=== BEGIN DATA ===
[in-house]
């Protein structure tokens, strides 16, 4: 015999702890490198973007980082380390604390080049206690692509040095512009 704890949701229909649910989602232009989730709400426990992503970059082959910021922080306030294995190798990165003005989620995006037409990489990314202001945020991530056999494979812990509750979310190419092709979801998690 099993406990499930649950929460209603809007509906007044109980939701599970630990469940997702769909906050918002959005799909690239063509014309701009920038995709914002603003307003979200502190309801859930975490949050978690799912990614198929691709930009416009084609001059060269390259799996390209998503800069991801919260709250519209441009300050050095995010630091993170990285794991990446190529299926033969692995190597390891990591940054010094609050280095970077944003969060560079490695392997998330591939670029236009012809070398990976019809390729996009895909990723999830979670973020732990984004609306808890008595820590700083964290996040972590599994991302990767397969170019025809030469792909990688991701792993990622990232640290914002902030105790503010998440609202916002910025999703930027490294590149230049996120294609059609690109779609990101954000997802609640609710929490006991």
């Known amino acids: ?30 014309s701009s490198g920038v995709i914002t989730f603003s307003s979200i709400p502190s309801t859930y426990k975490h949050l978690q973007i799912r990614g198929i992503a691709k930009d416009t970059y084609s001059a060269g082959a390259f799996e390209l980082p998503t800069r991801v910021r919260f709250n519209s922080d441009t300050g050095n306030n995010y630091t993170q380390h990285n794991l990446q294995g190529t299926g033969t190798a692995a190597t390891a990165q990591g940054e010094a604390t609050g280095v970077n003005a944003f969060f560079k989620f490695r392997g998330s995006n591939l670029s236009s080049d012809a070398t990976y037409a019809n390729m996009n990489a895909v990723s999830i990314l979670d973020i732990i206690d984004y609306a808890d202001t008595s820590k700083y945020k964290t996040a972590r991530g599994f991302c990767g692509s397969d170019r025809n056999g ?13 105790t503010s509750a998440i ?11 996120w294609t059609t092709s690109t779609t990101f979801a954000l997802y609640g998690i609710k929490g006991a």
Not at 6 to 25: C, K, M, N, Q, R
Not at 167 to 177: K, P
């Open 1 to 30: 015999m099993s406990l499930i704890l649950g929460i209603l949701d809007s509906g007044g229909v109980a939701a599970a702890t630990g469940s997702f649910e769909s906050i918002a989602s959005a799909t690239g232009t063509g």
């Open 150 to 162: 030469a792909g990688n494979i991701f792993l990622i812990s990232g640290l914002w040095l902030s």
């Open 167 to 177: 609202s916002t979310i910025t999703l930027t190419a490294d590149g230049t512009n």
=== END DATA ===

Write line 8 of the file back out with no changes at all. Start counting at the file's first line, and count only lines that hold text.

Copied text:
């Open 167 to 177: 609202s916002t979310i910025t999703l930027t190419a490294d590149g230049t512009n």